And then, when we do this enough, even when something isn't bothering us, this behavior becomes habit and takes on a life of its own.

I do understand why people try the 12-step abstaining approach to food and know several people who do. I find I can't do that, however, because it triggers too many feeling of deprivation for me, and once I make something "forbidden," I obsess twice as much over it, and when I do get a hold of it I eat it until I'm sick because I tell myself I'll never eat it again. Yeah, right!

But abstaining from sugar and flour does seem to work for some people, so I am not going to rule anything out. And the experts keep doing studies on this food addiction question, so the debate goes on.

Jack Sprat said...

Just last night there was a great piece on Fresh Air with Terry Gross about the nature of addiction. The researcher, Volkow, included food addiction in her analysis.

miss petite america said...

that paragraph about it covering up pain really resonated with me too. and while we can be happy people for the most part, every person does carry "something" that is a source of some degree of unhappiness which i think translates to their degree of addiction. i don't think i'm out of control addicted to food, but i do think there are definintely times i use it as a crutch more than i should. just like i would use drugs or alcohol. everyone needs something to numb the pain. i've just chosen the addiction that can also make me fat

but even being truly addicted to running can be bad too. anything in excess ain't so good.

and i know of very few people who really really can be moderate and rational and smart about all apsects of life.

ws said...

#1 I don't think food addiction is a cause of the obesity epidemic.

#2 I do think food addiction exists.

But, I think the obesity epidmeic is more a result of poorer food quality, greater access to unhealthy options and lack of exercise. That said, I also don't think weight loss is always as simple as calories in vs. calories out. However, for a preteen/teenager, the elimination of wasteful calories like candy, soda, fast food, etc PLUS the addition of exercise would probably help drop at least 10% of the excess weight younger people currently carry.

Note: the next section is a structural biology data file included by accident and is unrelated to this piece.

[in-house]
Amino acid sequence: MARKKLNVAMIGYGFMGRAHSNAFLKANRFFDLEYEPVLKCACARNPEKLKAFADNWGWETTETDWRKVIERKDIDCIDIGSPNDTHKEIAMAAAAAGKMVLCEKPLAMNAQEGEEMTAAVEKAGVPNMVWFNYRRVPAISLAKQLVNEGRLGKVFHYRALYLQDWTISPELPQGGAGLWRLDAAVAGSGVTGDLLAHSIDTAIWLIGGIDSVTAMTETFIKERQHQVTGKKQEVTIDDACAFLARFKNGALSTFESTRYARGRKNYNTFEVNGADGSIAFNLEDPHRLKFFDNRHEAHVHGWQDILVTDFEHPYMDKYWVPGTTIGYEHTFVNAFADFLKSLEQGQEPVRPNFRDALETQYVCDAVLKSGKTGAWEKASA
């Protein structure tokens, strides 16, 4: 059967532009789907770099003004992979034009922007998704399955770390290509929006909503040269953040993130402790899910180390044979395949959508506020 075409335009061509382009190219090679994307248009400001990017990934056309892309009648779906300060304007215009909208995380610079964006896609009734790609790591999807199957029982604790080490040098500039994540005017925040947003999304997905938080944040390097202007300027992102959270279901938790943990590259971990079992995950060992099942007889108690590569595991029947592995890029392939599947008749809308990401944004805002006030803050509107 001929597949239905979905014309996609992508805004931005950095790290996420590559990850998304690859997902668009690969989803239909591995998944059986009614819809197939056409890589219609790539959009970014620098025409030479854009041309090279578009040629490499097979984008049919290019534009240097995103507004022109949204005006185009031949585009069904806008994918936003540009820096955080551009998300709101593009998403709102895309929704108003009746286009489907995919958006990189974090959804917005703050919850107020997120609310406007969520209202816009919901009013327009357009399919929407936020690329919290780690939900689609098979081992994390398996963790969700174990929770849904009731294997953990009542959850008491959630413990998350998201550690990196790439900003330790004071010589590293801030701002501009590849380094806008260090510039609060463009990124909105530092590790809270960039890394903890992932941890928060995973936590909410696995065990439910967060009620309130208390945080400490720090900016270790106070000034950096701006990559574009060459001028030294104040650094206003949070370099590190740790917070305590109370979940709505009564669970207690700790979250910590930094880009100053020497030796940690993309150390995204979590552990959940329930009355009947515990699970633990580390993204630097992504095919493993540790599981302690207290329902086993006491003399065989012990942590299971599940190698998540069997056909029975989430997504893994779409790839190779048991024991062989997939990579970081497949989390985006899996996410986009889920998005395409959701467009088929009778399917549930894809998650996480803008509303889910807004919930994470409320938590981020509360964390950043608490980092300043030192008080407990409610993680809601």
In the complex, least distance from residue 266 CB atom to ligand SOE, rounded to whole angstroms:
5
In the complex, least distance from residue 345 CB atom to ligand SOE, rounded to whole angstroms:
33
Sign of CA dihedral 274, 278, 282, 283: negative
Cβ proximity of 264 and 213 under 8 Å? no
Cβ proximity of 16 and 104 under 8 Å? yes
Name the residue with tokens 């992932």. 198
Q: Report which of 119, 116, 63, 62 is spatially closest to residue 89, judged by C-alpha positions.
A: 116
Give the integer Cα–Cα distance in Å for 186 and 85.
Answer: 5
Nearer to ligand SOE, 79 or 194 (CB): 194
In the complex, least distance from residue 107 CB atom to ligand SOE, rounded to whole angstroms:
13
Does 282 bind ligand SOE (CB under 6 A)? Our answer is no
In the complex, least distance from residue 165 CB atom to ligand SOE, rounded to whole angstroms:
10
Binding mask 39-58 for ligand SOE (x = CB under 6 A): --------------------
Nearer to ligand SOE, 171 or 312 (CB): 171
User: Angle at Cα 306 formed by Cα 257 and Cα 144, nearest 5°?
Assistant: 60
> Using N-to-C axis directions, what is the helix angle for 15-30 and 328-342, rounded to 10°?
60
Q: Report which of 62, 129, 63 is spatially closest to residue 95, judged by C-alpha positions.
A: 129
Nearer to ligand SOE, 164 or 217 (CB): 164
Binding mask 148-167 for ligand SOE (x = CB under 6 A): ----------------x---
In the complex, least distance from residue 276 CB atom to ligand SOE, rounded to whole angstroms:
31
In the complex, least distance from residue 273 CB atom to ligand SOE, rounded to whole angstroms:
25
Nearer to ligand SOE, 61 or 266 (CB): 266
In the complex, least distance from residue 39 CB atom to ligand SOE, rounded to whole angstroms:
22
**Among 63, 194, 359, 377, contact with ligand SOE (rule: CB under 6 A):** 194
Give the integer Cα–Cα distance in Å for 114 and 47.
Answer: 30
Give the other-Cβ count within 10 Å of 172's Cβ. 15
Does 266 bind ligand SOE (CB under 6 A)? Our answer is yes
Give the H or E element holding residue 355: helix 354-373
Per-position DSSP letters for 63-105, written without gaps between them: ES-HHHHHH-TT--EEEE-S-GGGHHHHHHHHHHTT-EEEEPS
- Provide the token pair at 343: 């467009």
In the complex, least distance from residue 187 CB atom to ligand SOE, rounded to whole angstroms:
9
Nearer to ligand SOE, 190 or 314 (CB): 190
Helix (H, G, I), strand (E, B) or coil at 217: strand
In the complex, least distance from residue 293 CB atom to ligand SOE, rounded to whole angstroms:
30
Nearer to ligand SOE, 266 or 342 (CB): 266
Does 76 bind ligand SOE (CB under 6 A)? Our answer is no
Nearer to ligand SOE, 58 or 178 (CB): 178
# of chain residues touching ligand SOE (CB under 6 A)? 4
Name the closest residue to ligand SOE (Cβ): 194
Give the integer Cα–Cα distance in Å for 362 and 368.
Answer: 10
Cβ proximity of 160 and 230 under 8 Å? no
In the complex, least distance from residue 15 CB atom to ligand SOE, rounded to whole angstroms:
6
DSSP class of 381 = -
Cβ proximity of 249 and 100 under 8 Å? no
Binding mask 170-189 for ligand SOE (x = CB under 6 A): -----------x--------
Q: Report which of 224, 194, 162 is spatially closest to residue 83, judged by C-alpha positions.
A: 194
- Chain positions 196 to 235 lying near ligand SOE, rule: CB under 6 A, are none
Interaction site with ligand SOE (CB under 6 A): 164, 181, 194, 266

I have the guilt thing with food on very rare ocassions and usually only when I'm trying to cutback. However, I also think that I have a very addictive personality - I'm committed to doing things with full effort even to a fault.

I'd like to think I'm reasonably content also, but I feel I'm always susceptible to a new addiction, ultimately I think food would be a safer option than many others that exist.

Wasn't that a long winded explanation for my two short answers at the beginning.

mehitabel said...

I think it can be a real addiction, just like any other. I remember a friend telling me that she felt "lucky" that she was *only* addicted to alcohol, because she could live without it. Had she been addicted to food, she would have still had to eat, and it would have been a much harder battle.
In any case, today's post gave me a lot of "food for thought" as the saying goes--something to mentally "chew on." Hmmm--I'm noticing that food metaphors are really common.

Laura N said...
This comment has been removed by the author.
Laura N said...

Okay, sorry, let me try this again.

Good stuff here. I just wrote the longest comment in the history of blogging, so if you want to read the full version (which is all about moi) go to my blog. =)

Here's my conclusion, though:
Ultimately, I think everyone has to overcome their addictions differently, and no matter what science comes up with, there will never be a one-size-fits-all solution.